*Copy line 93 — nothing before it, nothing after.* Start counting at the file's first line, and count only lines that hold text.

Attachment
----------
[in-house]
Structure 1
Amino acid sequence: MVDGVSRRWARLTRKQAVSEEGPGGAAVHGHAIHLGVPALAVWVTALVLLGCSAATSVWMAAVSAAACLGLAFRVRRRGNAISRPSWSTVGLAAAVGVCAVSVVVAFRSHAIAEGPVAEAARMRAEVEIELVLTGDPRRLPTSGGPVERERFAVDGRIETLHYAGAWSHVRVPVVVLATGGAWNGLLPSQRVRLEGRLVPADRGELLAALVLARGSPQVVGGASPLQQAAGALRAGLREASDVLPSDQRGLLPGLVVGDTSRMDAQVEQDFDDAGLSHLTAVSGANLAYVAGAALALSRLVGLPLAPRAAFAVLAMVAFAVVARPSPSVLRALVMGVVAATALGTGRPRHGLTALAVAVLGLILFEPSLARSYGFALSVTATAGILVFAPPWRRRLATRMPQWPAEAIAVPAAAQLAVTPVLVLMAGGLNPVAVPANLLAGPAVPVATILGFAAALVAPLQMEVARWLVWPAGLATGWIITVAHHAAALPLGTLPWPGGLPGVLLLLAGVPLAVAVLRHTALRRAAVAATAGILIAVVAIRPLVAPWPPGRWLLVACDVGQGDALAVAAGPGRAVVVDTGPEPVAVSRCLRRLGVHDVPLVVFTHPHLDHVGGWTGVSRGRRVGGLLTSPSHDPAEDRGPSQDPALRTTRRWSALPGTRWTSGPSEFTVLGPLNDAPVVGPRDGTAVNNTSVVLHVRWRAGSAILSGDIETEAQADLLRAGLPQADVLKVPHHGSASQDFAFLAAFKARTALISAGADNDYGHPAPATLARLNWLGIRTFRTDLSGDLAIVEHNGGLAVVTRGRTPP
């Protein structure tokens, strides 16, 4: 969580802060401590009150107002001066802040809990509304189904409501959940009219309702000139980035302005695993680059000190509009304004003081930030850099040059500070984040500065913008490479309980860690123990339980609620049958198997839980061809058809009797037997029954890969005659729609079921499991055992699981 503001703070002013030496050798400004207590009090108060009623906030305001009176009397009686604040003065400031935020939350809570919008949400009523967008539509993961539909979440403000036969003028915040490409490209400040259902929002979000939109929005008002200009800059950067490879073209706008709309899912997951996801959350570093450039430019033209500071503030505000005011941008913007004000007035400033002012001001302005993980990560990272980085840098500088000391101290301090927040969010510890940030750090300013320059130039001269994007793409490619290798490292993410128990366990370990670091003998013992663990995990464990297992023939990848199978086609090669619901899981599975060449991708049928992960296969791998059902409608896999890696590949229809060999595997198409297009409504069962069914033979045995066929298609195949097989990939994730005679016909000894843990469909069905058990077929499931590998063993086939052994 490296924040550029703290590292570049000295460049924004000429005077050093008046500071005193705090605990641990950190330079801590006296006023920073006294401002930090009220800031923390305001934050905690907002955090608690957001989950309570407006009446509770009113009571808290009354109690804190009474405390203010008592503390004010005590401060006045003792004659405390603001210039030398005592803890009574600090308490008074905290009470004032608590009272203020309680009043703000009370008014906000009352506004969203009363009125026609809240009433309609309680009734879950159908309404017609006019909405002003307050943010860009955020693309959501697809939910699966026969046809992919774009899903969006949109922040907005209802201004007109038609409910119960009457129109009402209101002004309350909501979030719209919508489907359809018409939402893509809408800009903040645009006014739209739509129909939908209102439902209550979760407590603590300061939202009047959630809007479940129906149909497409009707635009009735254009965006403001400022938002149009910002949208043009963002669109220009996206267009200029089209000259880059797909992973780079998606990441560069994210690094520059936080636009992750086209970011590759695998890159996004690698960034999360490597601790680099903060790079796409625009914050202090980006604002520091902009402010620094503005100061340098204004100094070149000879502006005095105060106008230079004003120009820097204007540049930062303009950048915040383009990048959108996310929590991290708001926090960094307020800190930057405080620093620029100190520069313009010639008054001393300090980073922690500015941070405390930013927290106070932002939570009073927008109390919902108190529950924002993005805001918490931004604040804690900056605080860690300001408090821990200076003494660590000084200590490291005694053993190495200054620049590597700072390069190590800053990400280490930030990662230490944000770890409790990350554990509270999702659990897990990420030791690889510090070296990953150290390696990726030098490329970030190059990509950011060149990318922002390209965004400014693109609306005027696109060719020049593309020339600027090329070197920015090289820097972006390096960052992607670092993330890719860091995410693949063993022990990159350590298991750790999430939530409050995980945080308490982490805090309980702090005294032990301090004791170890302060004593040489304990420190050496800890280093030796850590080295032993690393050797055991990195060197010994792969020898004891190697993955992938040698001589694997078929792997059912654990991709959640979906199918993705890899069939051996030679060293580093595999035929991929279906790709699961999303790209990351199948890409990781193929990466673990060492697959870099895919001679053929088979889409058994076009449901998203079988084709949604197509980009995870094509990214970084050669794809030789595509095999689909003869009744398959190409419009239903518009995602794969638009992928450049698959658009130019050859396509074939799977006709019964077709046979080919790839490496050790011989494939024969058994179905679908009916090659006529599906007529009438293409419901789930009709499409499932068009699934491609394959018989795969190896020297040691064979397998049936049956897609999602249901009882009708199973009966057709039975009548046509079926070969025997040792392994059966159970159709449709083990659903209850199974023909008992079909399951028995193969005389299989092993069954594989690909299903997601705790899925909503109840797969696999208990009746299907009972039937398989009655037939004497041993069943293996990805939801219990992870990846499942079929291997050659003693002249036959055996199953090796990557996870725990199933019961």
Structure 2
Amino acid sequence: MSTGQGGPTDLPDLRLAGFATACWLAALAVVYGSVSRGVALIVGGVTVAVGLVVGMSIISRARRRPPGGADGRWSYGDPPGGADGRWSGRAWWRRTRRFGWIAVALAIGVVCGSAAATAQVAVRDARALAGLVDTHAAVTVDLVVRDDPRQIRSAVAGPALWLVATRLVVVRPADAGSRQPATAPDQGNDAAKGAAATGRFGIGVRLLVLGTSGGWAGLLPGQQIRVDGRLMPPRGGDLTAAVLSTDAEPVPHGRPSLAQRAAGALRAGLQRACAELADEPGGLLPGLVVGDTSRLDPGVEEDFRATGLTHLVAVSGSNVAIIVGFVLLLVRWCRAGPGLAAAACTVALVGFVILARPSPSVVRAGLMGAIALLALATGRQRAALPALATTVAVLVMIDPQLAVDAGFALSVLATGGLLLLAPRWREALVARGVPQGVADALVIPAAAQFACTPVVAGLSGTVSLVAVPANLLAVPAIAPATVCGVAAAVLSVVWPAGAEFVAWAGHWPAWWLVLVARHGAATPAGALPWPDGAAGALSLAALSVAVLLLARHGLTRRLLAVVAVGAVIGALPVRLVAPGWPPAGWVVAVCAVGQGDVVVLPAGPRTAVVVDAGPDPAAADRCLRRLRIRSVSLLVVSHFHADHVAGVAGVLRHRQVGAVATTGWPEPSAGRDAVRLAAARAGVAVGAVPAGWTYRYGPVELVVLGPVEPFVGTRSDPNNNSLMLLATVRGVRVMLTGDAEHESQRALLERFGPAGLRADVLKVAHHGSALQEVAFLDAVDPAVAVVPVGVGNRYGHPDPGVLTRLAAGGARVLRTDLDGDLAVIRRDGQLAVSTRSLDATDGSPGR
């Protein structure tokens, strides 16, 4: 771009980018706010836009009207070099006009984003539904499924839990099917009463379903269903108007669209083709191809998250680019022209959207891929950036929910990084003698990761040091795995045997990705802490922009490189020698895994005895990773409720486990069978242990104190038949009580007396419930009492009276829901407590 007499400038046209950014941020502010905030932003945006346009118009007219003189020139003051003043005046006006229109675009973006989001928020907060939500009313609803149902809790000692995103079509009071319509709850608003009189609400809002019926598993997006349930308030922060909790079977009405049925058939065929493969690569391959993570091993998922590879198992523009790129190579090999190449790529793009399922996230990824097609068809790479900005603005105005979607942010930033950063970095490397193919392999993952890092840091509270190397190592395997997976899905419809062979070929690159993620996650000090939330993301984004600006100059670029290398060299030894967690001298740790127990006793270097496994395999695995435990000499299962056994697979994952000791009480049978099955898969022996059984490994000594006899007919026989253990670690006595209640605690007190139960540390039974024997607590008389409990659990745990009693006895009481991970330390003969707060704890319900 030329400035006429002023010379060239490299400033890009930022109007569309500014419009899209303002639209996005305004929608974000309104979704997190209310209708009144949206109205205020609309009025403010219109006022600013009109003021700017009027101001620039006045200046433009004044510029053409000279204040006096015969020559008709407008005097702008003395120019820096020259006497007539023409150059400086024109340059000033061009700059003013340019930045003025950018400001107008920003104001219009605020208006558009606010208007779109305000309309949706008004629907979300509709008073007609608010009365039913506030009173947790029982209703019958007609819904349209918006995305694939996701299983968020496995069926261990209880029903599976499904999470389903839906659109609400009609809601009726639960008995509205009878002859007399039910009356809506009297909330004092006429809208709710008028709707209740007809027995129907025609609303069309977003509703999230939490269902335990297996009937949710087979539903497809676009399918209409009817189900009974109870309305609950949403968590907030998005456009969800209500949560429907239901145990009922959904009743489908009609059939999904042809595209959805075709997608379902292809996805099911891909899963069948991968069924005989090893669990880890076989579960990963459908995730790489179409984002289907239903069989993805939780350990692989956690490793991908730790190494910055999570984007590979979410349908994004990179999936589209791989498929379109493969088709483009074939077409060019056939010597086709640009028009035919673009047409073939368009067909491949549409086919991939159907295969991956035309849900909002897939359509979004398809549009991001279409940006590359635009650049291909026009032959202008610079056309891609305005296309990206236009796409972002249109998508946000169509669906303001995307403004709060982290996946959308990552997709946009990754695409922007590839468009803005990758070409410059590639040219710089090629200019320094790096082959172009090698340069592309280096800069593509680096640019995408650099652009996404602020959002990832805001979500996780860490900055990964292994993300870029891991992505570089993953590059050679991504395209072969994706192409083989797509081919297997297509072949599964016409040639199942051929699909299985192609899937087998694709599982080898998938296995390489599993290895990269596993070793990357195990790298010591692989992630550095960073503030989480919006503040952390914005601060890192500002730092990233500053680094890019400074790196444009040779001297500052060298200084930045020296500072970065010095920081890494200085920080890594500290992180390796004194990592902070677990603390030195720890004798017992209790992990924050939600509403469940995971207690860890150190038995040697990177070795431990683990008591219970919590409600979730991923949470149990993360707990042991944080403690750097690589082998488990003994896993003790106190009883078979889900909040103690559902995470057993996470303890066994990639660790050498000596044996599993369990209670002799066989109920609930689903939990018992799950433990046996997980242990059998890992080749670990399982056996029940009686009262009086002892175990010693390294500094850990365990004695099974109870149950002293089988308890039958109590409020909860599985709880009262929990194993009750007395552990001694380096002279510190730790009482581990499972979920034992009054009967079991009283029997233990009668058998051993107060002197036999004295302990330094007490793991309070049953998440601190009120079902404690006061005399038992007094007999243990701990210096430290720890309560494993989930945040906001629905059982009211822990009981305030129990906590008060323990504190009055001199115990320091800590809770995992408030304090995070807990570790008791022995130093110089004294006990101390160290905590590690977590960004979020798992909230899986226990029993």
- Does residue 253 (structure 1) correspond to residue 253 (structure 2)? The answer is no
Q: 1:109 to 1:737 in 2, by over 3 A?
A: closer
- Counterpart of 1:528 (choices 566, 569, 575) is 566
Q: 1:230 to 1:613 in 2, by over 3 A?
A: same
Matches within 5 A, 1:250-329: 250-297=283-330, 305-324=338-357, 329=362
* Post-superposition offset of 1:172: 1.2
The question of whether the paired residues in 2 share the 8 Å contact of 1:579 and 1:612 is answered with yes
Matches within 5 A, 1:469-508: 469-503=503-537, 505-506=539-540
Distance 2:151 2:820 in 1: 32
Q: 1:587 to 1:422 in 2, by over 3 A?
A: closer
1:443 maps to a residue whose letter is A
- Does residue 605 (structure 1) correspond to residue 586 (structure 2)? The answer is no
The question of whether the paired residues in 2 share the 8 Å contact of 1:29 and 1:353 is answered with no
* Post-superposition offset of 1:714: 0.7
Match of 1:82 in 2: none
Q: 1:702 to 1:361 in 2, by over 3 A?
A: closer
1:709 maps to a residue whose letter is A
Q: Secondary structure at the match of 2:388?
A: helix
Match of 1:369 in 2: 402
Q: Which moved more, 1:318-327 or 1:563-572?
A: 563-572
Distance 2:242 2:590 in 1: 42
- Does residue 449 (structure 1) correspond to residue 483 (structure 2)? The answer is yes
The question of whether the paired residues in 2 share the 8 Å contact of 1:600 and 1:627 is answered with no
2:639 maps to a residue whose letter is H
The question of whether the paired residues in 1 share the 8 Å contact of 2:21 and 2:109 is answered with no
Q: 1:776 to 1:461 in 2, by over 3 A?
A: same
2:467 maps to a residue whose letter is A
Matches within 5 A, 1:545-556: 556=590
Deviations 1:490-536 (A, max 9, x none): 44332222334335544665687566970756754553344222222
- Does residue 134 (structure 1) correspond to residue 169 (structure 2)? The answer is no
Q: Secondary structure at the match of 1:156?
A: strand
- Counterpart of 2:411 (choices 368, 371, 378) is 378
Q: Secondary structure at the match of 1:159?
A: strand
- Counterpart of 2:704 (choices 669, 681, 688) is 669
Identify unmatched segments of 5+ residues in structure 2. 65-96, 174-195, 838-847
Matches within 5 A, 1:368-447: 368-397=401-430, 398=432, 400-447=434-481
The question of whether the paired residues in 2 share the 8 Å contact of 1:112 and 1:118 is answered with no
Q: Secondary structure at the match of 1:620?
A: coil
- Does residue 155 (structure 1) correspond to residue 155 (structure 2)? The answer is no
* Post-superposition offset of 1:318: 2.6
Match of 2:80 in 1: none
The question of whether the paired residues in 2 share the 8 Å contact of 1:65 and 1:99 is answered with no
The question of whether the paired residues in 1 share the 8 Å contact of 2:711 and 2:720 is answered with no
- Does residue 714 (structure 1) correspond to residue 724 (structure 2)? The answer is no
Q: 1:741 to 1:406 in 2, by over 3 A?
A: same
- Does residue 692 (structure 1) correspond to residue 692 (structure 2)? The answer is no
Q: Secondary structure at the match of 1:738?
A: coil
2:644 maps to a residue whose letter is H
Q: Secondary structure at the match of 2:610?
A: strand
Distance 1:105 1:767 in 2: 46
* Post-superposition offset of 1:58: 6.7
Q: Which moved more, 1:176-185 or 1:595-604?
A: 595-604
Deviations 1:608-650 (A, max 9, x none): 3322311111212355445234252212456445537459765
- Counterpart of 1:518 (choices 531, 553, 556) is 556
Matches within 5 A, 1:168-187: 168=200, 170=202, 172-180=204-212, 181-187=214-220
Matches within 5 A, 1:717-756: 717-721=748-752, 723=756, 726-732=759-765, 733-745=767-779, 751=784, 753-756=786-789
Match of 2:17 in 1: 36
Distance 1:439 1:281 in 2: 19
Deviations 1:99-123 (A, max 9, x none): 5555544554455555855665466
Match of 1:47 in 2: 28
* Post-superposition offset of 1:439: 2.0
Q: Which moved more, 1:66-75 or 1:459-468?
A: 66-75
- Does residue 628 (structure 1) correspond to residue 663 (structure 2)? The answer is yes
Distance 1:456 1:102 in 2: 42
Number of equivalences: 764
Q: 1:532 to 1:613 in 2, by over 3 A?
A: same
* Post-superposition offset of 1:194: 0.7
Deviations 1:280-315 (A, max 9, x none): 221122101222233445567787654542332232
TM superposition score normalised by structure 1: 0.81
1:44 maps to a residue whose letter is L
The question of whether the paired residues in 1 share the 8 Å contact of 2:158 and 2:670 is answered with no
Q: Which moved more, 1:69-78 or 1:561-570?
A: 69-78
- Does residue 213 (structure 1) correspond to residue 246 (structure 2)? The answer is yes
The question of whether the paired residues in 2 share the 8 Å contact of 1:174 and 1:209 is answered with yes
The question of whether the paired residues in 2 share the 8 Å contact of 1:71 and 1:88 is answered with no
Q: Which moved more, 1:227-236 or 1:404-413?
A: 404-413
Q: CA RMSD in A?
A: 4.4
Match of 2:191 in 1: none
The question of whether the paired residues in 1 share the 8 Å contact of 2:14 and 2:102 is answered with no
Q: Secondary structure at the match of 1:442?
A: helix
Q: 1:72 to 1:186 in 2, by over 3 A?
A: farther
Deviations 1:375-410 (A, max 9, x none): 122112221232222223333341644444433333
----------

1:44 maps to a residue whose letter is L